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Friday, 23 March 2018

The Riot - It's a riot, don't miss it!



Don't tell them there Newlyn boys but last night, Penzance's Acorn Theatre played host to Cornwall Youth Theatre's lively adaptation of Nick Darke's The Riot. The show was followed by a fascinating insight into the work of Nick Darke from his wife, Jane. Sadly Nick, actor, writer and fisherman died at the age of 56 having written 27 plays, including The Riot in 28 years.


Noisy, brash, fervent even at times, the play crashes into the audience like a heavy swell pounding a beach. Not only does the plot cover the story of the rioting fishermen in great detail - so bad that hundreds of troops were deployed form Plymouth Barracks by train - but there are numerous subplots alluding to the demise of the tin mining industry, poverty, employment rights, class and the role played by the Bolitho family and how it amassed its family fortune that still exists today. Barclay's Bank in Penzance is referred to as Bolithos Bank by an older generation even today.


The play is quite a challenge for such a young cast given the depth of the plots - not least for the one member who gets to play the irreverent, archetypal Newlyn fisherman who utters the 'f' word at least once in every line! (I never heard that peculiar Newlyn curse, tuss used though?) Anyone who saw Channel 4's, 'The Catch' will remember that a certain Newlyn skipper could have played that particular part with little prompting!

The play itself tells of events away back in 1896 - when major outbreaks of public disorder necessitated the support of the army to restore civil order - during the play, the 'Riot Act' (from where the saying comes from) is actually read out to the warring fishermen to no avail!  A modern parallel occurred in the late 1970s when local fishermen throughout the South West vented their anger on 'foreigners' (Scottish and East coast mackerel trawlers) with their huge freezer trawler and pursers, each one capable of catching what the entire Cornish fleet of hand-liners could catch in just one haul!  Those days saw George and Daphne Lawry help form the CFPO - which is still with us today to protect fishermen's interests - "united we stand" and all that.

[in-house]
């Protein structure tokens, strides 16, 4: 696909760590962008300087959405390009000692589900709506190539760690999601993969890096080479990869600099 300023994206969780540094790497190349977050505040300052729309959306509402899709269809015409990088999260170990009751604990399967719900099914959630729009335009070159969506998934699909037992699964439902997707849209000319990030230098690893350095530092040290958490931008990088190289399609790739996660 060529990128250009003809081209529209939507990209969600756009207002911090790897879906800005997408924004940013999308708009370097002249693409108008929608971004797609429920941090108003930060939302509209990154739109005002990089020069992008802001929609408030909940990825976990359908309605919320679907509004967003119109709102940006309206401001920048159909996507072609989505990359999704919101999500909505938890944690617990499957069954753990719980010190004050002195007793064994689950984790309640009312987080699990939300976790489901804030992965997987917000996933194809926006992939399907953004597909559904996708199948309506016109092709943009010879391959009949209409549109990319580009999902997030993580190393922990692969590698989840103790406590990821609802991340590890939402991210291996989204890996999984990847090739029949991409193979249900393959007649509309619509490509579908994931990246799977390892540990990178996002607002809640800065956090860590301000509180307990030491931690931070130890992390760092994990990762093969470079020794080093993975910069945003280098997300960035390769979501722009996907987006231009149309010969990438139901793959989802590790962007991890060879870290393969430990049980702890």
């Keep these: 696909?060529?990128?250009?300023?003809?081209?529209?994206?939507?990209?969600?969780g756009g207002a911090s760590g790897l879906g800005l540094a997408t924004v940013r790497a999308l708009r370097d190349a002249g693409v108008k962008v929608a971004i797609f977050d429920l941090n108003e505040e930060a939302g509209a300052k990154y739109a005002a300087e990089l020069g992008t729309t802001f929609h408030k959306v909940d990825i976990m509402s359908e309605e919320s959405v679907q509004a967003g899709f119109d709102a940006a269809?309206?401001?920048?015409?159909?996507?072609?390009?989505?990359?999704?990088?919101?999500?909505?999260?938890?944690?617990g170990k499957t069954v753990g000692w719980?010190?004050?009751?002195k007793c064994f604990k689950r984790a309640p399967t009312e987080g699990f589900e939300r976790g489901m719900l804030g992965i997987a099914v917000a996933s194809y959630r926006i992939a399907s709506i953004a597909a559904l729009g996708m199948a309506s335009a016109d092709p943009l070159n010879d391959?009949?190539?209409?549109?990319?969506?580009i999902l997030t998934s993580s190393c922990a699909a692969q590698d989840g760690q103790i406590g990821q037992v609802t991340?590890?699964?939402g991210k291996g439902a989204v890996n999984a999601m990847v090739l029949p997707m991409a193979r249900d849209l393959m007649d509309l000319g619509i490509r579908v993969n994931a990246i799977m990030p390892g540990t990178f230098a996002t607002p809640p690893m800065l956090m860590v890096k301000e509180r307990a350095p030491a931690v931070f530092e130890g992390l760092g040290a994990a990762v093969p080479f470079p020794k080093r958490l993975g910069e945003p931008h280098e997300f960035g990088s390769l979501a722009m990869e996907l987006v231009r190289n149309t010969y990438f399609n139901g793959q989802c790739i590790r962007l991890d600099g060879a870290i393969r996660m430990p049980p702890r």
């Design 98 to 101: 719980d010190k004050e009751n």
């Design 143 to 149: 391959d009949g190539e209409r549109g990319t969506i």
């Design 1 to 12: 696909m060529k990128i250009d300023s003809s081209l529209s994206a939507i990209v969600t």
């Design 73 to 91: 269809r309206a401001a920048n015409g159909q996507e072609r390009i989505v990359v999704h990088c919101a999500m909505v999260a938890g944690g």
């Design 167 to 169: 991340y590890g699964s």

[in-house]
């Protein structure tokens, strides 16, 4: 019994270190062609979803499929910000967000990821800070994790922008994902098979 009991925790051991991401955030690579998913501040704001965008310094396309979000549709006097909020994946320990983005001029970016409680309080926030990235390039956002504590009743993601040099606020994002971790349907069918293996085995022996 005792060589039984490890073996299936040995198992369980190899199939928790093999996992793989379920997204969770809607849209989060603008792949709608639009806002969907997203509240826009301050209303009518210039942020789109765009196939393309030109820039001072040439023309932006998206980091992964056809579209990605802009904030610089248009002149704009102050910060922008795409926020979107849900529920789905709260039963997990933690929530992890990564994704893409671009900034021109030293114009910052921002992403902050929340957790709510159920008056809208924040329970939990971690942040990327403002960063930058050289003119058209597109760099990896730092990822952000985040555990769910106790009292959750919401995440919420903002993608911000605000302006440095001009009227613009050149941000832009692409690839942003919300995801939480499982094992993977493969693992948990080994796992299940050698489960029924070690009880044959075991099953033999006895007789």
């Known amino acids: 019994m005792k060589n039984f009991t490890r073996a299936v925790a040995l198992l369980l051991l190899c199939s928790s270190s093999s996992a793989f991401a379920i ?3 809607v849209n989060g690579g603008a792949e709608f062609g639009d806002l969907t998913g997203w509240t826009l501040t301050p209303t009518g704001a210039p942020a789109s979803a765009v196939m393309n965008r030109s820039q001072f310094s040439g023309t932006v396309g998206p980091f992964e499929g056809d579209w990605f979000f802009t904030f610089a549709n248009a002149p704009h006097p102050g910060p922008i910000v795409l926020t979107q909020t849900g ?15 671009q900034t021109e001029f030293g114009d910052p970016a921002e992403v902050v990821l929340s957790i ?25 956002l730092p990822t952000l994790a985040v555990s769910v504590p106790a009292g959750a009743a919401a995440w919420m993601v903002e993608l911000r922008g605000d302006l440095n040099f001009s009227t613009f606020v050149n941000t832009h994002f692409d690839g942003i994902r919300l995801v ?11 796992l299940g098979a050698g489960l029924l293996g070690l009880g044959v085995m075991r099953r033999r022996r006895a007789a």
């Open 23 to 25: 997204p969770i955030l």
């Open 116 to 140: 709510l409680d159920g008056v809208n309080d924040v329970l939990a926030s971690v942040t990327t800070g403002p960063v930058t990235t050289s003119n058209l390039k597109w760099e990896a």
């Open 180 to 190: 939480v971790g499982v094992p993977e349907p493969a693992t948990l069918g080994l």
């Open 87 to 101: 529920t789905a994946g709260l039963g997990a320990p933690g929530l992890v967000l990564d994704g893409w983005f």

Fishermen from Newlyn, staunch Methodists, did not go to sea on the Sabbath, but visiting boats from Lowestoft (known as Yorkies) did and landed their fish on Monday thus reducing the price of the fish for Newlyn fishermen for the rest of the week. The local fishermen fight back by tipping the whole catch of the Yorkies 100,000 mackerels into the harbour. What starts as a peaceful protest soon turns into violence. Caught in the middle of the disturbance is Thomas Bolitho, local merchant, magistrate, mine owner and mayor. He seems to respect the fisherman's beliefs, but he is also a businessman and he knows that the violent nature of the dispute is not good for business. He tries to compromise with both sides, but soon finds his life is in danger when they both turn against him. 


Symbolically, the play has proved timeless as one of the issues it explores is that of big (fishing) business' uneasy relationship with the very communities from which they are derived and seek to maintain.

If Nick were alive today i'm sure he would be in the midst of writing a play that engendered all that is fishing and Brexit - maybe someone would like to take up that challenge and win themselves the Nick Darke Award by penning a powerful play and in doing so win the £6000 prize!


You can see the play tonight, Friday 23rd March @ 7:30 pm at the 
Drama Studio, Bodmin College - book and pay online.

or next week at The Minack Theatre, Porthcurno - wrap up well and take a cushion!

Tickets online for THE MINACK  01736 810181